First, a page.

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Agency erred in taxing certain money

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The Department of State Revenue erred when it concluded certain money collected from customers of a small, rural telecommunications company were subject to Indiana's utility receipts tax, the Indiana Tax Court ruled Thursday.

In Enhanced Telecommunications Corp. v. Indiana Department of State Revenue, No. 49T10-0801-TA-1, Enhanced Telecommunications challenged the imposition of the URT on subscriber line charges (SLC) and federal universal service contribution recoveries (FUSCR) for the 2003, 2004, and 2005 tax years.

As a telecommunications company, Enhanced is subject to the URT and that tax is imposed on the company's entire taxable gross receipts, per Indiana Code. The Tax Court had to decide if the SLCs and FUSCRs are excluded from Enhanced's gross receipts pursuant to I.C. Section 6-2.3-3-4(b) because they are considered fees or surcharges.

Giving those terms their plain meaning because they are not defined by the legislature in the statute, Judge Thomas Fisher concluded the SLCs and FUSCRs are fees or surcharges separate from and in addition to Enhanced's basic monthly service charges, which aren't included in a taxpayer's gross receipts for purposes of the URT.

The Tax Court also determined the distributions Enhanced received through various federal and state subsidy programs aren't subject to the URT. The Department of State Revenue argued they would be subject to the tax because they are settlements pursuant to I.C. Section 6-2.3-3-3, but only legal settlements are considered subject to the tax. The distributions Enhanced received are settlements, but consistent with the definition of "payments, satisfaction, or final adjustments of its accounts," which aren't subject to the tax, wrote the judge.

The department's argument failed that Enhanced received the distributions as a means to recover costs associated with the use and maintenance of its telephone lines, and are directly related to the delivery of utility services because the departments' argument didn't consider I.C. Section 6-2.3-3-10 in its entirety.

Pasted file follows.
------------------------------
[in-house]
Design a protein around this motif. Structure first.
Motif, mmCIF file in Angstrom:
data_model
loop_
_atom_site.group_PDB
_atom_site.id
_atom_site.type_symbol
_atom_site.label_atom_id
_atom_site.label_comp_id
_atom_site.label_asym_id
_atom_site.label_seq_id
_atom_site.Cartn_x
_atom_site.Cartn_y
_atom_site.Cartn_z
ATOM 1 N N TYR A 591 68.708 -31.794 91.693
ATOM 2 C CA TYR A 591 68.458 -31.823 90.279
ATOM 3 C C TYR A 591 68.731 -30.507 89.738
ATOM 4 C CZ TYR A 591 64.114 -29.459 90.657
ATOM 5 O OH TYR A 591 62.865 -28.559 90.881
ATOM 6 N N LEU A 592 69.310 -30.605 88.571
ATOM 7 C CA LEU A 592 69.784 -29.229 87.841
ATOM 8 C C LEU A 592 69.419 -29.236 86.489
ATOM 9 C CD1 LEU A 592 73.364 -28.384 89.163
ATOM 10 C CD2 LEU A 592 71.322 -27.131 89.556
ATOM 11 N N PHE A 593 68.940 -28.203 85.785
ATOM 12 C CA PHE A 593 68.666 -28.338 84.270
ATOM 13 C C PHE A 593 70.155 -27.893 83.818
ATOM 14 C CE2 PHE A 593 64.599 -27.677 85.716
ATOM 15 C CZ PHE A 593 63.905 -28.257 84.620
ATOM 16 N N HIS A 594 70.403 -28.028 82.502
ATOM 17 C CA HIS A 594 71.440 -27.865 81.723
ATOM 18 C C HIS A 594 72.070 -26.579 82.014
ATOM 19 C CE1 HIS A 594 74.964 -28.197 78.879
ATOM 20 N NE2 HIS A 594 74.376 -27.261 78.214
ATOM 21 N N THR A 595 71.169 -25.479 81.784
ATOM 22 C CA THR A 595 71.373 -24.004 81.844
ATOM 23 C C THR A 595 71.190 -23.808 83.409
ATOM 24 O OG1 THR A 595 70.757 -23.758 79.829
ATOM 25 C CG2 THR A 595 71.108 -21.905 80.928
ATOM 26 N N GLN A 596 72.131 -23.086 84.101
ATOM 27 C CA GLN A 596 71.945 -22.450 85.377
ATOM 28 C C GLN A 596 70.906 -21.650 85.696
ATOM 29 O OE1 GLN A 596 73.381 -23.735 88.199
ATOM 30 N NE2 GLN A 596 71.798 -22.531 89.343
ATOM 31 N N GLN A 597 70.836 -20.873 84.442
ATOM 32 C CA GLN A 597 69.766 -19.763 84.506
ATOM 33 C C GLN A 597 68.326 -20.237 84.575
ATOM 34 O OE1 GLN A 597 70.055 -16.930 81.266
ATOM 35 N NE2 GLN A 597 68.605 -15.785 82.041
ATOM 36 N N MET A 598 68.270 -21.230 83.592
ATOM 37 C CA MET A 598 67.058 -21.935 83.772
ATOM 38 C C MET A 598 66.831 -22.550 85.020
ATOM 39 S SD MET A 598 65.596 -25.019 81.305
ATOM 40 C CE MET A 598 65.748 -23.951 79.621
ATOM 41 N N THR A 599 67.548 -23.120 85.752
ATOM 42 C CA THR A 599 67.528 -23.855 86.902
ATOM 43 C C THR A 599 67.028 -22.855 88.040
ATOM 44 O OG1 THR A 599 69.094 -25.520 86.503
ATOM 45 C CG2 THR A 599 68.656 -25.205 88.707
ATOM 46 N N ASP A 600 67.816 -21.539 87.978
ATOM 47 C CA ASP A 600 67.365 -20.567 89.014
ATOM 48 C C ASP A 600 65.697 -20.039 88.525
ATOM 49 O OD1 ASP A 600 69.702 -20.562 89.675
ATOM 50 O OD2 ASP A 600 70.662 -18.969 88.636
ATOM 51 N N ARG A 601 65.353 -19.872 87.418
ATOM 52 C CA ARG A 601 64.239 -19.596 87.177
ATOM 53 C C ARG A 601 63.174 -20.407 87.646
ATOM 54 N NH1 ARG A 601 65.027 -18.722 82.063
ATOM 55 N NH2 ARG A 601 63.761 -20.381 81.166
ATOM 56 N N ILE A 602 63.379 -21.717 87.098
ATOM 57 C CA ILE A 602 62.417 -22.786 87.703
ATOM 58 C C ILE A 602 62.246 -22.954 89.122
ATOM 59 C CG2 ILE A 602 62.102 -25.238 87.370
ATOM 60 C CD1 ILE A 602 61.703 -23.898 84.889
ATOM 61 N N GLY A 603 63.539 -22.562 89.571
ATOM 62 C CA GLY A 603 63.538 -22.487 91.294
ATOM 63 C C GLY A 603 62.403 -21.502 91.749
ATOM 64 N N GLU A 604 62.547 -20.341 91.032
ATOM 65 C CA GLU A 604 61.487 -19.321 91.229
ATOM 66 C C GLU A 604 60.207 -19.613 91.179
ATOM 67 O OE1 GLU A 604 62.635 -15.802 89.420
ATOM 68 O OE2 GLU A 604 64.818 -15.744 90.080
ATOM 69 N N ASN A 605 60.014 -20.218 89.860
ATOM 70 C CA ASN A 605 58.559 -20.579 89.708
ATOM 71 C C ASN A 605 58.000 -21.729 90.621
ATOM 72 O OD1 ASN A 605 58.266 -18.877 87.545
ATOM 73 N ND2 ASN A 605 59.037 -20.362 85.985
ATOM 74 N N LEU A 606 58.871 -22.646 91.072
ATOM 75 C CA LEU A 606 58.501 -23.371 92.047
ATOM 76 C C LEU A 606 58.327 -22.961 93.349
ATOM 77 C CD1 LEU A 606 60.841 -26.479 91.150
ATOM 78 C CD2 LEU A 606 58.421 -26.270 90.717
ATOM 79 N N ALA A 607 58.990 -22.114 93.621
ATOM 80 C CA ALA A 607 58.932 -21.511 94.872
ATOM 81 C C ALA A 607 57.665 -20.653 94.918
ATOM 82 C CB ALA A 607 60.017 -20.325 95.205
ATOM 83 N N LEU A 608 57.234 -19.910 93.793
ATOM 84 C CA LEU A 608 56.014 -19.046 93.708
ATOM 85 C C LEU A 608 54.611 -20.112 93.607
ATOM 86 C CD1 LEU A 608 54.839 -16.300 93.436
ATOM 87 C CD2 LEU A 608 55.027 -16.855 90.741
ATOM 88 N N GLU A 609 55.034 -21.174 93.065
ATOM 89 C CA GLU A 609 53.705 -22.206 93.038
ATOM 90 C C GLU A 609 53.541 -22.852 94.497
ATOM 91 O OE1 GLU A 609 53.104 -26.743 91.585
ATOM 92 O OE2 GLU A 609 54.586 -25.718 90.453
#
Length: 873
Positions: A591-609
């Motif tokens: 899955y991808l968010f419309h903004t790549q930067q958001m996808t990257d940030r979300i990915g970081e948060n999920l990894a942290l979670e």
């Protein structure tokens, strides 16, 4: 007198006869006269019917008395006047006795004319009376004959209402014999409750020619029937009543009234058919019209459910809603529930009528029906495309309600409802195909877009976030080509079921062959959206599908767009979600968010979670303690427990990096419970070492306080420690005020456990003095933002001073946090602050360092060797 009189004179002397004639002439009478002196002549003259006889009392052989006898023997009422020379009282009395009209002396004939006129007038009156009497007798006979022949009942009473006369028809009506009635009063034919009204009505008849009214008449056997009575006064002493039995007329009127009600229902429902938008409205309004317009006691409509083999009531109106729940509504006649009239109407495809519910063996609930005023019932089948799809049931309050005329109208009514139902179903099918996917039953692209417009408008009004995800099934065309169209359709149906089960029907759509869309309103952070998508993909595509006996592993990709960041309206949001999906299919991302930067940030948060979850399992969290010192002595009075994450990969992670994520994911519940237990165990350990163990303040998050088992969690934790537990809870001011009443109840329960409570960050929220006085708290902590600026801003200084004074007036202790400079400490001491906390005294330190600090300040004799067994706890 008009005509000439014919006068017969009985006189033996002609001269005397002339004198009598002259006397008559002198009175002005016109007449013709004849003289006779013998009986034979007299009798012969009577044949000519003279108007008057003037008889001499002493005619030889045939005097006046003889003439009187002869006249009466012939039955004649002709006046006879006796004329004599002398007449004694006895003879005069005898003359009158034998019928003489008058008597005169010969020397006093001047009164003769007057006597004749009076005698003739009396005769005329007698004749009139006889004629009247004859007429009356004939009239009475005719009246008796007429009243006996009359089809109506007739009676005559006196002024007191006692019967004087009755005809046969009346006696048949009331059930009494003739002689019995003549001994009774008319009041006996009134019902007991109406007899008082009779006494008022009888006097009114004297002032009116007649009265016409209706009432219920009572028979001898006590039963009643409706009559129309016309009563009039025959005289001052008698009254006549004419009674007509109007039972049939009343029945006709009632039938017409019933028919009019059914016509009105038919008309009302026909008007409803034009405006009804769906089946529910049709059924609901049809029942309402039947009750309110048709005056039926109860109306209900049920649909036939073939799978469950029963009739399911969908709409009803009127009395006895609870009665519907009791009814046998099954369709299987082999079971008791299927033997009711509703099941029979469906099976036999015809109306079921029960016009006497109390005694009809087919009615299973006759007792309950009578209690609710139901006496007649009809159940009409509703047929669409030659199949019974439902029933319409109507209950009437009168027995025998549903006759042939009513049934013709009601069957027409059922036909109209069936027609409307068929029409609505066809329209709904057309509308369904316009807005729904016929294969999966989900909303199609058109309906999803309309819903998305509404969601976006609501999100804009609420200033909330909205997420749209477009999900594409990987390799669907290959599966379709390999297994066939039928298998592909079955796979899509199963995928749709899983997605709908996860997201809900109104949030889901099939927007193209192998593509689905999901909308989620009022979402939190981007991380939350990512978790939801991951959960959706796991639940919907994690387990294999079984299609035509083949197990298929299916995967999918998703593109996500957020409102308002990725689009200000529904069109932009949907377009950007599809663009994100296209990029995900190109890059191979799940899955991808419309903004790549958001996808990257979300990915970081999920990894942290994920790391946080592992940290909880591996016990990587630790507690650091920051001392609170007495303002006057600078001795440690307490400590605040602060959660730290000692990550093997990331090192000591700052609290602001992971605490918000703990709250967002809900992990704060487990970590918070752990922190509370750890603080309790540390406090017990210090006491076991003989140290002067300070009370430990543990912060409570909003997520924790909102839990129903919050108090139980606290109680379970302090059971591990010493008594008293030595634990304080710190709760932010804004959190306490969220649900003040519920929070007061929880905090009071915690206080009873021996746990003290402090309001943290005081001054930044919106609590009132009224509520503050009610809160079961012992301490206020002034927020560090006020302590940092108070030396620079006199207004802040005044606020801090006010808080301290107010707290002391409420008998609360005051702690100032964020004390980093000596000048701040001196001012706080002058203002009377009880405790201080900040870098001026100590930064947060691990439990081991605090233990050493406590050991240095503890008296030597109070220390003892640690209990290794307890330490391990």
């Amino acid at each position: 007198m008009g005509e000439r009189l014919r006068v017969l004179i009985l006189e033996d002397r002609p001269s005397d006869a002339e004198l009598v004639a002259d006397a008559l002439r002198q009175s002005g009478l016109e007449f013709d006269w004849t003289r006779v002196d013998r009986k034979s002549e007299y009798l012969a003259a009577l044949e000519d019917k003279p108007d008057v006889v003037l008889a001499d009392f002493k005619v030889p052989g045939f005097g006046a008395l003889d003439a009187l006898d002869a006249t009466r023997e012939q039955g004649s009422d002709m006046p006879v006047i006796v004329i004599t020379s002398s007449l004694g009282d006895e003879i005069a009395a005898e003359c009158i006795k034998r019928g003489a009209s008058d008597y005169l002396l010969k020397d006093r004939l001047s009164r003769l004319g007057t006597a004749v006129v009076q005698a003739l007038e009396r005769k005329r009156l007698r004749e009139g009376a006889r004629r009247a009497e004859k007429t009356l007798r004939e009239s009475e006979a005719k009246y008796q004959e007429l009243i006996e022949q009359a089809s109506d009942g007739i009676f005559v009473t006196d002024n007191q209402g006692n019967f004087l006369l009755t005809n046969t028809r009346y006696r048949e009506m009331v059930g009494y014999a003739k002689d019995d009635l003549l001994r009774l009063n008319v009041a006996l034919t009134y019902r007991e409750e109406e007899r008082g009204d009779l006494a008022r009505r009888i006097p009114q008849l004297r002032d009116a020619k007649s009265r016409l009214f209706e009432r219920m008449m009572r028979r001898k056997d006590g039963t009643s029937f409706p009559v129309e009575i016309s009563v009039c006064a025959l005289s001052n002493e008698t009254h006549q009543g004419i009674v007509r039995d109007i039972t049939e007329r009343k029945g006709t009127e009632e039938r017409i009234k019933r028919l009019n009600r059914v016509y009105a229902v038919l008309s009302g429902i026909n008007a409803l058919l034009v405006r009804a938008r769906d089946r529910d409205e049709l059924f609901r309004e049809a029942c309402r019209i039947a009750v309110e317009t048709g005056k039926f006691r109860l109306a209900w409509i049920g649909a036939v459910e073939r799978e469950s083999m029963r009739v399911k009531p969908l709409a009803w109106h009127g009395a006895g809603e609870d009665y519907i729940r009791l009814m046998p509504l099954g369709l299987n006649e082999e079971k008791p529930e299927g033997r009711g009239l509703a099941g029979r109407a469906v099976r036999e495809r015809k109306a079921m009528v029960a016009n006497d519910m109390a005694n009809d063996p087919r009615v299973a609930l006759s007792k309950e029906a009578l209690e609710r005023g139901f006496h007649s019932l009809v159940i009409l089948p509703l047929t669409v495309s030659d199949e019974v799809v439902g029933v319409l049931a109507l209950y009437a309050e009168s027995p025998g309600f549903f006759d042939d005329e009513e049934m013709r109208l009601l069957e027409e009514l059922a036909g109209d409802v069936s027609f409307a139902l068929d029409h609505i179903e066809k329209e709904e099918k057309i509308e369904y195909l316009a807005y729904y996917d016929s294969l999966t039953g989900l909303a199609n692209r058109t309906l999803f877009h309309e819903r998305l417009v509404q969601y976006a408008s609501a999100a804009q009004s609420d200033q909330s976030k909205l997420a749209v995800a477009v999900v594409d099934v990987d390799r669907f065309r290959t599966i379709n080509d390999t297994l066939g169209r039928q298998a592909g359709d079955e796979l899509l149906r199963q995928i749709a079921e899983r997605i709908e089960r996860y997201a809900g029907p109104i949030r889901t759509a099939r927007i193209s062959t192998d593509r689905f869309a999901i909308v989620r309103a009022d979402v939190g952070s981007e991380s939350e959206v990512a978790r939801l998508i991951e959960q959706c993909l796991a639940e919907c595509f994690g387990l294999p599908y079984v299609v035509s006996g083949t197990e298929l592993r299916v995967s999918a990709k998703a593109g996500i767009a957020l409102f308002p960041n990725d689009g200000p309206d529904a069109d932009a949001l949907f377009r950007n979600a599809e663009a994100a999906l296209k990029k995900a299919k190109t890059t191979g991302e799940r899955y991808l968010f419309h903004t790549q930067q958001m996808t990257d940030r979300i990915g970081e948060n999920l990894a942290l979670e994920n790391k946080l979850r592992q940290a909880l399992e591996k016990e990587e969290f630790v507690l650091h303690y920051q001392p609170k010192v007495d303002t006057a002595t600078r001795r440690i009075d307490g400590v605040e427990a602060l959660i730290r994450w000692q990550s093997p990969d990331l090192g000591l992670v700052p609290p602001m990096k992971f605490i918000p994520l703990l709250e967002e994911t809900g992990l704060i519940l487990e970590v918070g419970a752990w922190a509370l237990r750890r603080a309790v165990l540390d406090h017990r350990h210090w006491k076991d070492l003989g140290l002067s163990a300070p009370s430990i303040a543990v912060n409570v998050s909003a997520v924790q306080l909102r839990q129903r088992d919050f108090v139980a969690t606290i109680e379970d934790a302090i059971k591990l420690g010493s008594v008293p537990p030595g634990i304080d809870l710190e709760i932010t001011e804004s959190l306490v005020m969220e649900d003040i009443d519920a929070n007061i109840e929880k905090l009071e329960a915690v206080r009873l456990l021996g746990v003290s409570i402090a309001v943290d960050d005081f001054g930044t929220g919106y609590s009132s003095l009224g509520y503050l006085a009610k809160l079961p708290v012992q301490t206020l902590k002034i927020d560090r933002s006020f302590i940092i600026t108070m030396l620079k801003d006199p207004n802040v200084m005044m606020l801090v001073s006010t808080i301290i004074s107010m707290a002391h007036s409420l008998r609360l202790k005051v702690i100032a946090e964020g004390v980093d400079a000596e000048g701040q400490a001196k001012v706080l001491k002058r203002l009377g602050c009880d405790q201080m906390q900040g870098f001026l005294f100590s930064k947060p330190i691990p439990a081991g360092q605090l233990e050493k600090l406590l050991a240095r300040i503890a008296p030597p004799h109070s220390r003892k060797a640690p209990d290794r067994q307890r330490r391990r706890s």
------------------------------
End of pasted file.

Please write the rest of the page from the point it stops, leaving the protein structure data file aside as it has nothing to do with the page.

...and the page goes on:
"Here, the distributions clearly do not meet the terms of this statute: they are not receipts received for maintenance services provided to a consumer that are directly related to the utility services of that consumer," wrote Judge Fisher. "Rather, the distributions are governmental subsidies that are used to offset the general costs of overall line use and maintenance."

Judge Fisher rejected the department's other arguments as to why the SLCs and FUSCRs should be considered taxable under the URT because the department repeatedly improperly relied on a statutory snippet to supports its position.

The case is remanded to the department for action consistent with the stipulation between Enhanced and the department to the amount of Enhanced's URT overpayment for each of the taxable years at issue if it should prevail in the appeal.

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  1. The practitioners and judges who hail E-filing as the Saviour of the West need to contain their respective excitements. E-filing is federal court requires the practitioner to cram his motion practice into pigeonholes created by IT people. Compound motions or those seeking alternative relief are effectively barred, unless the practitioner wants to receive a tart note from some functionary admonishing about the "problem". E-filing is just another method by which courts and judges transfer their burden to practitioners, who are the really the only powerless components of the system. Of COURSE it is easier for the court to require all of its imput to conform to certain formats, but this imposition does NOT improve the quality of the practice of law and does NOT improve the ability of the practitioner to advocate for his client or to fashion pleadings that exactly conform to his client's best interests. And we should be very wary of the disingenuous pablum about the costs. The courts will find a way to stick it to the practitioner. Lake County is a VERY good example of this rapaciousness. Any one who does not believe this is invited to review the various special fees that system imposes upon practitioners- as practitioners- and upon each case ON TOP of the court costs normal in every case manually filed. Jurisprudence according to Aldous Huxley.

  2. Any attorneys who practice in federal court should be able to say the same as I can ... efiling is great. I have been doing it in fed court since it started way back. Pacer has its drawbacks, but the ability to hit an e-docket and pull up anything and everything onscreen is a huge plus for a litigator, eps the sole practitioner, who lacks a filing clerk and the paralegal support of large firms. Were I an Indiana attorney I would welcome this great step forward.

  3. Can we get full disclosure on lobbyist's payments to legislatures such as Mr Buck? AS long as there are idiots that are disrespectful of neighbors and intent on shooting fireworks every night, some kind of regulations are needed.

  4. I am the mother of the child in this case. My silence on the matter was due to the fact that I filed, both in Illinois and Indiana, child support cases. I even filed supporting documentation with the Indiana family law court. Not sure whether this information was provided to the court of appeals or not. Wish the case was done before moving to Indiana, because no matter what, there is NO WAY the state of Illinois would have allowed an appeal on a child support case!

  5. "No one is safe when the Legislature is in session."

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